2. Wild Goose Qigong has more movement and flow than other styles of Qigong. It might appeal more to your background and interests in movement arts. There are many good Wild Goose Qigong teachers in the Bay area, including Dr. Bingkun Hu; and, there are many good books and instructional media on the topic.

3. Sun Style Tai Chi Chuan has a nice flow and faster pace, and is far less martial than Chen or Yang styles. There are many good books and instructional media on the topic.

4. All Qigong and Taijiquan styles require concentration, focus, Qi management, relaxation, and some understanding of Taoist principles.

5. Think "Long Run" learning, improvement, skill acquisition, and development. Take your time, enjoy yourself, and do not be frustrated by somebody else's timetable for learning.

6. As for loosing weight: increase walking and eat less.

7. Knowing how to speak/read/write in Chinese is a wonderful skill you have, and will open doors to you in your study of the internal martial arts. However, millions of people learn, practice and benefit from these arts who only speak English or other languages, and can't even say "thank you" in Chinese.

Best wishes,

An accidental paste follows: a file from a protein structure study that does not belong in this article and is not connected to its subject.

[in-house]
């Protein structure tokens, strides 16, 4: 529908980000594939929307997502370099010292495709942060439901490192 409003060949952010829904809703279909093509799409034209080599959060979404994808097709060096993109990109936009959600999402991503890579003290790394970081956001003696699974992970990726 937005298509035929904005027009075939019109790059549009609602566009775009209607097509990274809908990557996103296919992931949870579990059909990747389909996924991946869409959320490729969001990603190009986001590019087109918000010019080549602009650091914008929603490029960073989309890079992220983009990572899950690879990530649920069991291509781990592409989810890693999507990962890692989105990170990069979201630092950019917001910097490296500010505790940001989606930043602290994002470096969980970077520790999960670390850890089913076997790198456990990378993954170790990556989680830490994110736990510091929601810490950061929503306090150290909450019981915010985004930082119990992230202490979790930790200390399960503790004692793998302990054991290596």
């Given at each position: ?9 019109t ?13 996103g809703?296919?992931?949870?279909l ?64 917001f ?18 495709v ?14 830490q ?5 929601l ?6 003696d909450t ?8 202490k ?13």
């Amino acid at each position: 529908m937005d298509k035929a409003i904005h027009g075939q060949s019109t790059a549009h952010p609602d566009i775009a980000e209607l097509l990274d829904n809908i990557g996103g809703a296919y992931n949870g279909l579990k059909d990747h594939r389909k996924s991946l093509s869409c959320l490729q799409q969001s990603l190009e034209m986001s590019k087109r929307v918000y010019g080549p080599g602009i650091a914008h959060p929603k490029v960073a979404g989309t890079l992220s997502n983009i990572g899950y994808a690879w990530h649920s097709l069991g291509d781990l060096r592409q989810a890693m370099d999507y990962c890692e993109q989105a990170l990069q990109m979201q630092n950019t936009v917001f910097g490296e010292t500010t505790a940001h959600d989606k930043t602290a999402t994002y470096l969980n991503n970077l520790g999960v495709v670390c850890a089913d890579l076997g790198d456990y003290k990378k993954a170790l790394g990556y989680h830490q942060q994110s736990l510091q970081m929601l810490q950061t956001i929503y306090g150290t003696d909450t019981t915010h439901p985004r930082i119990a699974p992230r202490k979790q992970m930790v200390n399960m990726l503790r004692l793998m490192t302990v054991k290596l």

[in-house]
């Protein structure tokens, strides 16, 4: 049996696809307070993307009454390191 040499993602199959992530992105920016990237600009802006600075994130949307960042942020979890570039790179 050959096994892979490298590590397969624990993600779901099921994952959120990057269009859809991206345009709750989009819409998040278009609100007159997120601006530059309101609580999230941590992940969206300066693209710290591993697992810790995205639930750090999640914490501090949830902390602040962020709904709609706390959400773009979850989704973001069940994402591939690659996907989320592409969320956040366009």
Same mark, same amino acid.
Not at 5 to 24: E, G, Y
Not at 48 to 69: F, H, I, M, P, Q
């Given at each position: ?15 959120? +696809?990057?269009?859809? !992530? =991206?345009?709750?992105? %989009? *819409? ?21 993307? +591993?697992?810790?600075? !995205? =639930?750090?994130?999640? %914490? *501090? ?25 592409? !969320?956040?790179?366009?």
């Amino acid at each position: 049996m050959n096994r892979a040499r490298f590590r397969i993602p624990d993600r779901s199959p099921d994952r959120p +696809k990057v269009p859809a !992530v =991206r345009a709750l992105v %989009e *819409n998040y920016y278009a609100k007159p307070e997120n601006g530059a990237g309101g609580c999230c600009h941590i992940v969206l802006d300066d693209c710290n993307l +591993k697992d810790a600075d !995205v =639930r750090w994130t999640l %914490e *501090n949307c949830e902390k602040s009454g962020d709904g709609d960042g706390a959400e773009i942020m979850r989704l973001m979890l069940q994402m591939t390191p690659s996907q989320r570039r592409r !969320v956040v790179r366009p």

Mike Garofalo

Sunday, August 12, 2007

Taijiquan Class Schedule

We will have our Taijiquan class, Yang Style, at the Tehama Family Fitness Center in Red Bluff, California, each week:

Wednesday 6:30 to 7:30 p.m.

Saturday 9:30 to 11 a.m.

For more information:

Class Program and Information

Cloud Hands: T'ai Chi Ch'uan and Qigong

I'm working on updating the Taijiquan 32 Sword Form webpage.

Cancelled Classes: Wednesday, August 15th and Saturday, August 18th. We will begin our Taijiquan classes again on August 22nd.

Thursday, August 02, 2007

Taijiquan 32 Sword Form #1

"The same principles of the basic t'ai chi ch'uan form are used with both the tao and chien: natural breathing, body upright, keeping the movements integrated, coordinated, and flowing smoothly, etc. The difference is in the focus. For the tao, the broadsword, the focus is on the blade. For the chien, the narrow, double-edged sword, the focus is on the tip. The chien is considered the higher art form, and is more difficult to learn. The tao is basically a chopping and slicing weapon; little skill is needed for that It was generally the weapon of the common soldier. The chien was used by the more scholarly and aristocratic Chinese. ... Sword tai chi is a very rewarding experience at any level. It’s movements, done correctly, develop one’s awareness, timing, grace, and continued good health"